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Voice Actors for German

My first exposure to german was through duolingo and it wasn't until I listened to native german people speaking that I realized the robotic voice for the course is really lacking & it took me a lot of effort to recognize the words I had learned in native people's dialogues.

duolingo is awesome but for the german course I feel using voice actors instead of the text-to-speech would be a great improvement.

May 9, 2018



There are various pros and cons of using voice actors versus TTS. The downside of voice actors -- as discovered with the Hebrew course -- is that (a) you lose the ability to do slow repetition and (b) you can only record a limited portion of the sentences and so have fewer listening exercises. (This is actually a particular issue in the Hebrew course given that the language is written without vowels so you can't necessarily tell how a new word is pronounced due to the lack of audio.)

Even if the German course used a voice-model or two, I suspect you'd have similar challenges in recognising words in native people's dialogues as you transition from Duolingo to other sources. There is a lot of dialectical variation in German.


These are really good points; but about the dialect variation you mentioned,I think it's secondary to My primary problem which is the fast speech that native speakers have & the sometimes hard to detect sounds when they pronounce words in a really advanced speed. the main problem with TTS I think, is the really robotic & slow speed; granted, the choice of having a slow repetition isn't bad but the default speed is also slower than the natural spoken language. so maybe TTS for slow repetitions & VA for default speed would be a good idea.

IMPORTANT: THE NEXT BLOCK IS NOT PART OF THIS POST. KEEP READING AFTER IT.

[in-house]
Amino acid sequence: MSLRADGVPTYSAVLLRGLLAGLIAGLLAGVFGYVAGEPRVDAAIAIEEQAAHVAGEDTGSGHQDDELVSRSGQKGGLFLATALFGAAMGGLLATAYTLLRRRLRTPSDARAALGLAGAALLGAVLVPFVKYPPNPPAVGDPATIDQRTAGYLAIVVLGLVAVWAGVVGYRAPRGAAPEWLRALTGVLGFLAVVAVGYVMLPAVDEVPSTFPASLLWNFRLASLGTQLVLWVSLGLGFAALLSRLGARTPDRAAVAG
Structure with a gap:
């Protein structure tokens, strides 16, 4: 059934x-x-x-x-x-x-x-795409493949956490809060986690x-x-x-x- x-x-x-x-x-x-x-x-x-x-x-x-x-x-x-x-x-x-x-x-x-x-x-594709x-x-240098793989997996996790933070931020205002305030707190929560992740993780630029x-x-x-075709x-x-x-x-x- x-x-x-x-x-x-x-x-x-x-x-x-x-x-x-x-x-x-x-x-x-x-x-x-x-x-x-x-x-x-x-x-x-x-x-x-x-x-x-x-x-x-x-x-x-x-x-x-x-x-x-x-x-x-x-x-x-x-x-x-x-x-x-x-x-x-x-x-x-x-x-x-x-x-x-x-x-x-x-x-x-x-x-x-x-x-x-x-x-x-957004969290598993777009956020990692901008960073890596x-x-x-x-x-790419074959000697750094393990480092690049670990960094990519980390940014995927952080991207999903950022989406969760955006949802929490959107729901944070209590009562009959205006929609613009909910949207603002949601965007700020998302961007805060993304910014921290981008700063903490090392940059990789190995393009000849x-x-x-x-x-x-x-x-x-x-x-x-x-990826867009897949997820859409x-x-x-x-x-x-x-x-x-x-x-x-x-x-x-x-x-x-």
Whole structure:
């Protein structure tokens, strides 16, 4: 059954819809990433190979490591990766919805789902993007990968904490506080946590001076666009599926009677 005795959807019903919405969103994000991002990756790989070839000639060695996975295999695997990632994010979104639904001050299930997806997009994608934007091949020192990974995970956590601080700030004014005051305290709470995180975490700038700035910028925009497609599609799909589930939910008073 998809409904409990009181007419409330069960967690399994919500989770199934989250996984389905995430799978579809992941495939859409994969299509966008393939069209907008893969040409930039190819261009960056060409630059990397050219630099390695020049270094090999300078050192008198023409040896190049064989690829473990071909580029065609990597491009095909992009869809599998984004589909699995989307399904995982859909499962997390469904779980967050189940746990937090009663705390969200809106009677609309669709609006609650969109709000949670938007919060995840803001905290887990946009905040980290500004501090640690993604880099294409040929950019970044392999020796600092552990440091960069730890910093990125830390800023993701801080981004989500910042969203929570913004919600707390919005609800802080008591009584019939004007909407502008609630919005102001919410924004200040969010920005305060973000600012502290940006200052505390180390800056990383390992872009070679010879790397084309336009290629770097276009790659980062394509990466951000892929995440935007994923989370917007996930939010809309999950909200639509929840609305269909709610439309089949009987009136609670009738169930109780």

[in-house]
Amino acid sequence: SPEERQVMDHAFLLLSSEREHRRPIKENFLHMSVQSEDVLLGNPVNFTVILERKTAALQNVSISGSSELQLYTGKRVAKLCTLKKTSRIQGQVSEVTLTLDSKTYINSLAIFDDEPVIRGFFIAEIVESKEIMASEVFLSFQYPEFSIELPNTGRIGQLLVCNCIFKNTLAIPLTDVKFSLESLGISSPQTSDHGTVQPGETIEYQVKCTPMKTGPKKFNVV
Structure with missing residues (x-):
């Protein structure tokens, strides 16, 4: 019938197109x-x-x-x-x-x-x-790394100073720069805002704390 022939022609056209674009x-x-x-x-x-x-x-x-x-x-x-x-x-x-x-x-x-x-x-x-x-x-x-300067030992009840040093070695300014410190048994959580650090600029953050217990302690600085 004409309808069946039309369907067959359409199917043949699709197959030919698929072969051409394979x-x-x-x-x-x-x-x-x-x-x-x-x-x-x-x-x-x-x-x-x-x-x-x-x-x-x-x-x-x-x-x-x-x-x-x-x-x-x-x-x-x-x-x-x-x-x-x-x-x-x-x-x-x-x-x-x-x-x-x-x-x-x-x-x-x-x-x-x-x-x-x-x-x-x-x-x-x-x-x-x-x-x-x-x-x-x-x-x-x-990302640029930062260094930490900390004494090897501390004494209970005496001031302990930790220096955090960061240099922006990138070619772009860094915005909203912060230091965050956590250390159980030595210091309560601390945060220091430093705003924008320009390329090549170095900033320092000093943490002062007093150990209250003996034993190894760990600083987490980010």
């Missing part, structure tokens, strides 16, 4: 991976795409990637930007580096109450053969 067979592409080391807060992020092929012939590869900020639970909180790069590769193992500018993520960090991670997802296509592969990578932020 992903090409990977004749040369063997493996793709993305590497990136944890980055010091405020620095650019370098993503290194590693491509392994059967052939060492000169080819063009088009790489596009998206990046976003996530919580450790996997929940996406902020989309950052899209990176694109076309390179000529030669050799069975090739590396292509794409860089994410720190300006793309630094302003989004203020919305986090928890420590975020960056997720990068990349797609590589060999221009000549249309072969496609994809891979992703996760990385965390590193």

Then it might be a good idea to have a setting to allow the TTS to go faster, just like youtube videos have. If TTS can go slower, why not faster?


I think you just discovered the easy way out for duolingo.


I've found that the German news TV channel, Tagesschau, is a great resource for hearing native German. I complement it by first reading Deutsche Welle news in English. As both sources are often reporting on the same topics, I understand a bit more of what is being reported in German on Tagesschau, that way.

Tagesschau has different programs and, of course, a lot of different reporters, some of whom speak more slowly and distinctly and others rapidly.

Both Deutsche Welle and Tagesschau are available as apps. They supplement what I learn from Duolingo. I especially like being able to see the reporters speaking on Tagesschau, as I can try to mimic their mouth movements. Germans speak more with a "smile", while Americans speak more with our mouths opened "up and down" like "ah". This sort of thing can't be taught in a program like Duolingo; and mouth/tongue movements really affect sounds we produce when speaking.


Wow, I'm going to check that out. actually in retrospect I had kind of the same experience with the BBC when I was learning english, watching mouth/tongue movements on the reporters were a considerable part of my grasp on the British accent & prior to that I had the same experience with watching the CNN for the American accent; however, I think mimicking those movements is going to happen unconsciously because I can't remember really focusing on the movements consciously; I think it was more like forming a link between what I heard and what I saw unconsciously.

anyway thanks for pointing that out ;)


I agree, the German voice is absolute garbage.


I like the female voice they use for the TTS. I find the male voice harder to understand at times.

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